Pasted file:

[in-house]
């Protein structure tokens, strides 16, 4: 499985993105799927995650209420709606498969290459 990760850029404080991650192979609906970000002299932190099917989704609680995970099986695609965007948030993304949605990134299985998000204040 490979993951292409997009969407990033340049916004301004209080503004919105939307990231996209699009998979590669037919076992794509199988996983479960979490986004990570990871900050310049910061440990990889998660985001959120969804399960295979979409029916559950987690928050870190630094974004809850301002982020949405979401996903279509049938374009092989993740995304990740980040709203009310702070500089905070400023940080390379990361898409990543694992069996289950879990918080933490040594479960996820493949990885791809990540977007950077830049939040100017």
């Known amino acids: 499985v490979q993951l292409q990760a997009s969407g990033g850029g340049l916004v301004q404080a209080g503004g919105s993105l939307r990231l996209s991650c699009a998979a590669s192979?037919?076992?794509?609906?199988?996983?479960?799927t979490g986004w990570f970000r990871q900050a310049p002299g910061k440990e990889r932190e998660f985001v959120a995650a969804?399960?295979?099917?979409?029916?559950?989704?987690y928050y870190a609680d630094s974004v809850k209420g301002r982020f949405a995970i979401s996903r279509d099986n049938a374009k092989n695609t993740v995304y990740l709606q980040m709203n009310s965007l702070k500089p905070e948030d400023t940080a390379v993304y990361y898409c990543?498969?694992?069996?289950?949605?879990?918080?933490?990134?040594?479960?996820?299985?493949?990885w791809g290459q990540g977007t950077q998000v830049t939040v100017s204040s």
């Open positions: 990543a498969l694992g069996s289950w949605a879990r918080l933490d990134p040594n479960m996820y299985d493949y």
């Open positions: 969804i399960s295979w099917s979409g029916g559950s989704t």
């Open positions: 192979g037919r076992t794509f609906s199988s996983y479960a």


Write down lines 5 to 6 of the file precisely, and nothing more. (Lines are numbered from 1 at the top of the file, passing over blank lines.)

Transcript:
């Open positions: 969804i399960s295979w099917s979409g029916g559950s989704t």
């Open positions: 192979g037919r076992t794509f609906s199988s996983y479960a």